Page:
Feeds

Intel ships six-core desktop 'Extremes'

Long-awaited 'Sandy Bridge E' uncloaked

Internet Security Threat Report 2014

Intel has released two new top-of-the-line, six-core "Sandy Bridge E" processors, the first to bring four-channel memory to the desktop.

Before this Monday, the high end of Intel's desktop line was capped by the four-core 3.5GHz i7-2700K. Now that spot has been taken over by the six-core 3.3GHz i7-3960X Extreme Edition, which turbo-boosts to 3.9GHz, with the 3.2GHz Core i7-3930K right behind, which boosts to 3.8GHz.

As might be guessed, these two-billion-plus-transistor parts are aimed squarely at gamers – and, for that matter, at game developers. To emphasize this point, Intel invited id Software's John Carmack to join in the new chips' coming-out party.

"To render our uniquely textured worlds," Carmack said in a prepared statement. "RAGE uses a very compute-intensive real-time process to transcode texture data from highly compressed form on disk to a compression format the GPU can use directly for rendering. With two more available cores, a six-core system can transcode over 50 percent more texture data per second during gameplay than a four-core system, bringing new surfaces to full resolution quicker."

Both 32nm, unlocked chips are on the pricey side, with the i7-3960X Extreme Edition and its 15MB L3 cache going for $990 in lots of 1,000, and the 12MB-cached i7-3930K priced at $555 in the same volumes.

Both pop into the new LGA 2011 socket, and are supported by Intel's X79 Express chipset, which provides 6Gb/sec SATA ports and a total of 40 PCIe 2.0 lanes.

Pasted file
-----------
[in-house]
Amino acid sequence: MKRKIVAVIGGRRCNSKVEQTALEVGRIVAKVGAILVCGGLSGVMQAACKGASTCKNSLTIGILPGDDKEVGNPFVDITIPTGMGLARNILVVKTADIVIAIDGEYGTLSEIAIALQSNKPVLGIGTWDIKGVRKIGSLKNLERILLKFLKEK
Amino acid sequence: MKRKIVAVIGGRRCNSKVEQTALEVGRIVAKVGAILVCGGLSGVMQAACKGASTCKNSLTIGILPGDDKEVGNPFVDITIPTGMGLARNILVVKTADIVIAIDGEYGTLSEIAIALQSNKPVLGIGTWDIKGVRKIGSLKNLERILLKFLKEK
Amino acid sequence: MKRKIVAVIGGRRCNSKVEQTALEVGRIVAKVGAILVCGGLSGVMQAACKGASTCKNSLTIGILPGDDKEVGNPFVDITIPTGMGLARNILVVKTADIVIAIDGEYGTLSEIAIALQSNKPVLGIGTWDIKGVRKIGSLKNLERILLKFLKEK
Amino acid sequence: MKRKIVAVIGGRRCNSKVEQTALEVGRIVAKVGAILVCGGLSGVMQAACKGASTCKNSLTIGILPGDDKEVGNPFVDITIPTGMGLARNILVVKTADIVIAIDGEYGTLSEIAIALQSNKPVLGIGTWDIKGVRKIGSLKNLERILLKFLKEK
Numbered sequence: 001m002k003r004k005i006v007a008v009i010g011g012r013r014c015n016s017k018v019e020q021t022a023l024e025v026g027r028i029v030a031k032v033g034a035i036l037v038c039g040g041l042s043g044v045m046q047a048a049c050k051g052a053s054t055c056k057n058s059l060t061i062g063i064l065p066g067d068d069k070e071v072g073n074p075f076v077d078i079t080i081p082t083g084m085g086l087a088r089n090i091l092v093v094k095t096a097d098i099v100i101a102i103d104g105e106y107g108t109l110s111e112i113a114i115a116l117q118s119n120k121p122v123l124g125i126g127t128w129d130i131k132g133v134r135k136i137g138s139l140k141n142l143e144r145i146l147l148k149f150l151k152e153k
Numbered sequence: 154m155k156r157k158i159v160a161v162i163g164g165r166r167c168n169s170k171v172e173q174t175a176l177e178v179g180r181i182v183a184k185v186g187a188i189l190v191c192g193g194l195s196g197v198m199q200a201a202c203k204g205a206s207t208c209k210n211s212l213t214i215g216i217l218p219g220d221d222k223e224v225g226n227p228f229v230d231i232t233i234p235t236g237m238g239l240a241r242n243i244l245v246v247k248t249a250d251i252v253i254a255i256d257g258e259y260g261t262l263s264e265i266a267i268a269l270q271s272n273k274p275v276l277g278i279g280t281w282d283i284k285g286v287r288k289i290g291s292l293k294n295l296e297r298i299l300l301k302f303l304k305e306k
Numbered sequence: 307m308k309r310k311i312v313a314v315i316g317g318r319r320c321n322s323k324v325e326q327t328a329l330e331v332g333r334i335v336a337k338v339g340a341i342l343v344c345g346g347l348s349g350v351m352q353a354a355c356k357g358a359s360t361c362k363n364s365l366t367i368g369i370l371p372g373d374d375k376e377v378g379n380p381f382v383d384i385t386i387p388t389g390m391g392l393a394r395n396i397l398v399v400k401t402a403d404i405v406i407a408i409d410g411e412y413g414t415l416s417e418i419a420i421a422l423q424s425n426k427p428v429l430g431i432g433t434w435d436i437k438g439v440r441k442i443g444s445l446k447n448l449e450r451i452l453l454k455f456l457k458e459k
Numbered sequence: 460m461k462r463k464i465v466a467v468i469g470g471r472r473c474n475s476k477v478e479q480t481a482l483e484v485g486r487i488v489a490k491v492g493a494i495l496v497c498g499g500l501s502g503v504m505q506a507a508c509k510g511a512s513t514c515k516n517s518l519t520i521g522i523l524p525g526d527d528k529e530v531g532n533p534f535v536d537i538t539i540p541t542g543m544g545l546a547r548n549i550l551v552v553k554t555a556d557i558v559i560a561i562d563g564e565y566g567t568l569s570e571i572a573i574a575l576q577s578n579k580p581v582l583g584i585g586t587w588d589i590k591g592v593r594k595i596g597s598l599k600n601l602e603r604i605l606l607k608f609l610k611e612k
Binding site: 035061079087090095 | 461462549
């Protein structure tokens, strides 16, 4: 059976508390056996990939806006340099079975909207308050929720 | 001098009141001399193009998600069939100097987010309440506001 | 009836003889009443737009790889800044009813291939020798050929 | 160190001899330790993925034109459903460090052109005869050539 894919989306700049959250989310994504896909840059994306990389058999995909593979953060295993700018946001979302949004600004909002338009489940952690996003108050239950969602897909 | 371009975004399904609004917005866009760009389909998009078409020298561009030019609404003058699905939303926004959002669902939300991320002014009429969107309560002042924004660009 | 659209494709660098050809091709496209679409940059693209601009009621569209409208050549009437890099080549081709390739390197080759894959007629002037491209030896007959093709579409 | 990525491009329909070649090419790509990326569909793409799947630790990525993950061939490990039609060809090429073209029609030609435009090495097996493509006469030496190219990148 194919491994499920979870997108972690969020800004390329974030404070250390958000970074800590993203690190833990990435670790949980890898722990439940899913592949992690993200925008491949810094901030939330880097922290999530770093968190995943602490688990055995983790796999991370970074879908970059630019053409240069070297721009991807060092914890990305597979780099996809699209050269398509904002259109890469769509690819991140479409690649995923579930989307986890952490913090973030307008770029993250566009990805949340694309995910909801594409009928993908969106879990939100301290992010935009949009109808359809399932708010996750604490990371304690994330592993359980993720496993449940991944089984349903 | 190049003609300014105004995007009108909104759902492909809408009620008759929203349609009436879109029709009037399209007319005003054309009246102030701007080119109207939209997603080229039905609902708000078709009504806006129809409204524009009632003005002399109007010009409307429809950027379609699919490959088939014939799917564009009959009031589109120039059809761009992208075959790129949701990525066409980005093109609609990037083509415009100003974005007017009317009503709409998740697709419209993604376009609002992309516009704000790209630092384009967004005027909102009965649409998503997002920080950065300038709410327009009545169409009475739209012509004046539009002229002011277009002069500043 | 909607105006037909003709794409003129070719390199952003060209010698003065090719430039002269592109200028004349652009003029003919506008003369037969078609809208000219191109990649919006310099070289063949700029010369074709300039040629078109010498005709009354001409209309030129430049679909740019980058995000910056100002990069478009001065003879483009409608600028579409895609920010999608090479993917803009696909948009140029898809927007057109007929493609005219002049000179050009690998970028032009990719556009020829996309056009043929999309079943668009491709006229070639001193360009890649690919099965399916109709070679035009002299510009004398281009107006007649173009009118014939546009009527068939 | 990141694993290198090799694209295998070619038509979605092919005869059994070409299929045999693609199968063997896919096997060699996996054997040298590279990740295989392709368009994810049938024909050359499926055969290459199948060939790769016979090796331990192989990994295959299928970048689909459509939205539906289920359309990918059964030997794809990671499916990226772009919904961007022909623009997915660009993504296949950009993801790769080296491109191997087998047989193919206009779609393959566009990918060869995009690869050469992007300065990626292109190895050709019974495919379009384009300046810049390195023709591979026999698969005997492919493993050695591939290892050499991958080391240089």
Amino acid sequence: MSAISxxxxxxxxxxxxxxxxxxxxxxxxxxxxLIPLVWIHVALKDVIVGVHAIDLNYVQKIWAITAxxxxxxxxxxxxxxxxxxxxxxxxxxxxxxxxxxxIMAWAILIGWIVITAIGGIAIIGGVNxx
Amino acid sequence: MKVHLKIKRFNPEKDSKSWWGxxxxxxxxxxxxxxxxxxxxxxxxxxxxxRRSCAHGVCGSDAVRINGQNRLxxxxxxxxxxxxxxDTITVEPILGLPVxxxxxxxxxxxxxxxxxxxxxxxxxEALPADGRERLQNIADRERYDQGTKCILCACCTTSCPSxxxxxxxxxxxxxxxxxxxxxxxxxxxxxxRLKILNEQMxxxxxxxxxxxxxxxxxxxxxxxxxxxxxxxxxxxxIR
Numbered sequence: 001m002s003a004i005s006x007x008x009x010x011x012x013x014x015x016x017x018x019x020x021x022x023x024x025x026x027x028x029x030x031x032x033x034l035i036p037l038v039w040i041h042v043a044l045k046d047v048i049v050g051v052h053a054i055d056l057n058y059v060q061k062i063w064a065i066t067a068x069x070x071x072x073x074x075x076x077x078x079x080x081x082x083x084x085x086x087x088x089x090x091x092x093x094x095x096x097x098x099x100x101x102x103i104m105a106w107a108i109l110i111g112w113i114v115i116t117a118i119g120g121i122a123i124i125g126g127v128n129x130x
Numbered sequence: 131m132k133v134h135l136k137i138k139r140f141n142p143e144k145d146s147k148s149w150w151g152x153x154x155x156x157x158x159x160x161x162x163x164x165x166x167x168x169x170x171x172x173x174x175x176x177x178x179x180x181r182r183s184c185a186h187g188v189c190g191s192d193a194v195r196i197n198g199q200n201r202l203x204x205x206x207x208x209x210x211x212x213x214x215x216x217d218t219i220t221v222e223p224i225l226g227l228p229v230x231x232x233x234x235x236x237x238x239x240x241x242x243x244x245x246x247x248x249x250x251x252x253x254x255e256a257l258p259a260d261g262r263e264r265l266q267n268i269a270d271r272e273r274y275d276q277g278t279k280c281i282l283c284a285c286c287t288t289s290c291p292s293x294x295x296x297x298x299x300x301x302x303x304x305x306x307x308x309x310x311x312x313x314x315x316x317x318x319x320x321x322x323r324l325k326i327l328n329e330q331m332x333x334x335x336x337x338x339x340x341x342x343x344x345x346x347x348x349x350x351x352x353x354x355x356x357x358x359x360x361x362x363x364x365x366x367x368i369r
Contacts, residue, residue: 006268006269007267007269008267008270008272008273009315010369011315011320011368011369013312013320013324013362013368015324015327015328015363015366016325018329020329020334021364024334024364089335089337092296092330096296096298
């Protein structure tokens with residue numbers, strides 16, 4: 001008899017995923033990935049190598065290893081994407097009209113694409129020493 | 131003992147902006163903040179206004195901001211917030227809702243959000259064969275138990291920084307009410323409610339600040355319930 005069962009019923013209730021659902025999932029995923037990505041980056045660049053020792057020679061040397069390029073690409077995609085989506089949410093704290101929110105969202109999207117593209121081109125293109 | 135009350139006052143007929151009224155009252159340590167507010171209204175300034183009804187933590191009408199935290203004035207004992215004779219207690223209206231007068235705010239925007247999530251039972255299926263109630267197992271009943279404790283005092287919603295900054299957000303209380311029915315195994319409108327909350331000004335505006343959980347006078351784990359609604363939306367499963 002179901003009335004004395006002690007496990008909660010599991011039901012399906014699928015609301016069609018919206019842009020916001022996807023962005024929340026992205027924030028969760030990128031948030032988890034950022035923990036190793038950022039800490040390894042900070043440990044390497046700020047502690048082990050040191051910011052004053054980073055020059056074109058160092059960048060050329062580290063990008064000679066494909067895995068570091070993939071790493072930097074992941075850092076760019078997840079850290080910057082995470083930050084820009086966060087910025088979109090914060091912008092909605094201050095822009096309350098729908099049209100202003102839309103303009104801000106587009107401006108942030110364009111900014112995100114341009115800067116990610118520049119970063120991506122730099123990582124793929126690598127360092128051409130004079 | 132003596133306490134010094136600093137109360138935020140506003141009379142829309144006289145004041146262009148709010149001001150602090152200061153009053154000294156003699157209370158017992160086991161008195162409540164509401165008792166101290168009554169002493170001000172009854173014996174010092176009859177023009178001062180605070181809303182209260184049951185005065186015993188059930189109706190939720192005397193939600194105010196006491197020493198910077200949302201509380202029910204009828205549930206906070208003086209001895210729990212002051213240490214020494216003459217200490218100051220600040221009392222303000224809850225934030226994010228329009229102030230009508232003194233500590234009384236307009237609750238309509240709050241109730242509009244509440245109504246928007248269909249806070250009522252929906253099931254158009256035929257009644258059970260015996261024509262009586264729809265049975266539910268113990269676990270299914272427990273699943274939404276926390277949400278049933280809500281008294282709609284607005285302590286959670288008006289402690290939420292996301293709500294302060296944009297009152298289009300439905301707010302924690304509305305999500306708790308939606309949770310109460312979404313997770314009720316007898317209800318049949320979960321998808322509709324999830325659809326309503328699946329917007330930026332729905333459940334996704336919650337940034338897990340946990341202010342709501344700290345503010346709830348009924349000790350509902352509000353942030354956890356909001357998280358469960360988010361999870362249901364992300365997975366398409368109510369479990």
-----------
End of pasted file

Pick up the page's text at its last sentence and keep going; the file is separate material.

Intel also announced a new LGA2011 socket, X79 Express motherboard, the Desktop Board DX79SI, along with a liquid CPU cooler co-developed with Asetek, the RTS2011LC .

With the first generation of AMD's eight, six, and four core "Bulldozer" FX chips having proven to be less than fully impressive, it appears that Intel will now have the high end of the enthusiast market all to itself – for a while, at least. ®

Intelligent flash storage arrays

More from The Register

next story
Chipmaker FTDI bricking counterfeit kit
USB-serial imitators whacked by driver update
Xperia Z3: Crikey, Sony – ANOTHER flagship phondleslab?
The Fourth Amendment... and it IS better
DOUBLE BONK: Testy fanbois catch Apple Pay picking pockets
Users wail as tapcash transactions are duplicated
Microsoft to enter the STRUGGLE of the HUMAN WRIST
It's not just a thumb war, it's total digit war
Google Glassholes are UNDATEABLE – HP exec
You need an emotional connection, says touchy-feely MD... We can do that
prev story

Whitepapers

Choosing cloud Backup services
Demystify how you can address your data protection needs in your small- to medium-sized business and select the best online backup service to meet your needs.
Forging a new future with identity relationship management
Learn about ForgeRock's next generation IRM platform and how it is designed to empower CEOS's and enterprises to engage with consumers.
Security for virtualized datacentres
Legacy security solutions are inefficient due to the architectural differences between physical and virtual environments.
Reg Reader Research: SaaS based Email and Office Productivity Tools
Read this Reg reader report which provides advice and guidance for SMBs towards the use of SaaS based email and Office productivity tools.
Storage capacity and performance optimization at Mizuno USA
Mizuno USA turn to Tegile storage technology to solve both their SAN and backup issues.